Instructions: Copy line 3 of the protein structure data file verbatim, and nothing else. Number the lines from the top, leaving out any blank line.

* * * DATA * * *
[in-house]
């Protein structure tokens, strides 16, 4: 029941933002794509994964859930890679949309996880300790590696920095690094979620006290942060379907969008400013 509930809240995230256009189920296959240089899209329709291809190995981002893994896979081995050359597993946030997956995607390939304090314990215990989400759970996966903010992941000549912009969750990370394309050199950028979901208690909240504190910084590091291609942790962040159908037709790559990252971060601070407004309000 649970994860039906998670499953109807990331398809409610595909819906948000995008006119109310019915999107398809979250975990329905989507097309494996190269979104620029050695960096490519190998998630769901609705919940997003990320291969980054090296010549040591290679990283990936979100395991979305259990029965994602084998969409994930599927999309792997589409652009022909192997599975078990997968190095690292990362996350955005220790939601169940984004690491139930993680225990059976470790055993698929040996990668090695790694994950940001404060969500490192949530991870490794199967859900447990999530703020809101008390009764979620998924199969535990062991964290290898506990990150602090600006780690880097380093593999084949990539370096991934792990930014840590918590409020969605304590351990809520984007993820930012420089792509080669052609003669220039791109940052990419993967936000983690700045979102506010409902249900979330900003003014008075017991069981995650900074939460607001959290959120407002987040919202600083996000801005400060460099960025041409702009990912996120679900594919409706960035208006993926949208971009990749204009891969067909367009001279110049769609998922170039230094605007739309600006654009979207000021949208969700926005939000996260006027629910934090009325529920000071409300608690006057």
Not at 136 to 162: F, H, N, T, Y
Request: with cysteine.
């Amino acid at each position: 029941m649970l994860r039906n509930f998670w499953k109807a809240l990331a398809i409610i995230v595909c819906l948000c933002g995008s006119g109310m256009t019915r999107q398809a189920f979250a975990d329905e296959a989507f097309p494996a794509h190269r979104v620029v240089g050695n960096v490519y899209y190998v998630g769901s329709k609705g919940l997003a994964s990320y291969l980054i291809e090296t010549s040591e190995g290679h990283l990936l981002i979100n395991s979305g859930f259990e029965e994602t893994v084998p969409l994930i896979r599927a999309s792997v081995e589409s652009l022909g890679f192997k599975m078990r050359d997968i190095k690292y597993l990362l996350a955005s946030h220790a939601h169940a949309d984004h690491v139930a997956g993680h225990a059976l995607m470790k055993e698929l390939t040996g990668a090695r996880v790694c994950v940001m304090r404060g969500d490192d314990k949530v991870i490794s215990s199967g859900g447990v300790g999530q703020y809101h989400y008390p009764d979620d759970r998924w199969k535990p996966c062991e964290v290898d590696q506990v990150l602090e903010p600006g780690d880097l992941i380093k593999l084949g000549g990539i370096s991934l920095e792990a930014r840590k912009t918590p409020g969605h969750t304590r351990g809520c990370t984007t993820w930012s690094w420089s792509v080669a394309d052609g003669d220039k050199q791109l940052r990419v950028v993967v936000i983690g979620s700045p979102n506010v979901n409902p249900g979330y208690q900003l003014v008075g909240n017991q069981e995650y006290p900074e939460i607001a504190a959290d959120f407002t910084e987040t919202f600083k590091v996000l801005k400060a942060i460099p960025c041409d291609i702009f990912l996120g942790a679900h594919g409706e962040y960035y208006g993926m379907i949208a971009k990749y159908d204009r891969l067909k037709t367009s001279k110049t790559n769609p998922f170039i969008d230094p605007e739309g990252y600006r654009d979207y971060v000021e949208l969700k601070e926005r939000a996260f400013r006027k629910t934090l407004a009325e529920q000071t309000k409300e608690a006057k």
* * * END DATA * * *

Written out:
Not at 136 to 162: F, H, N, T, Y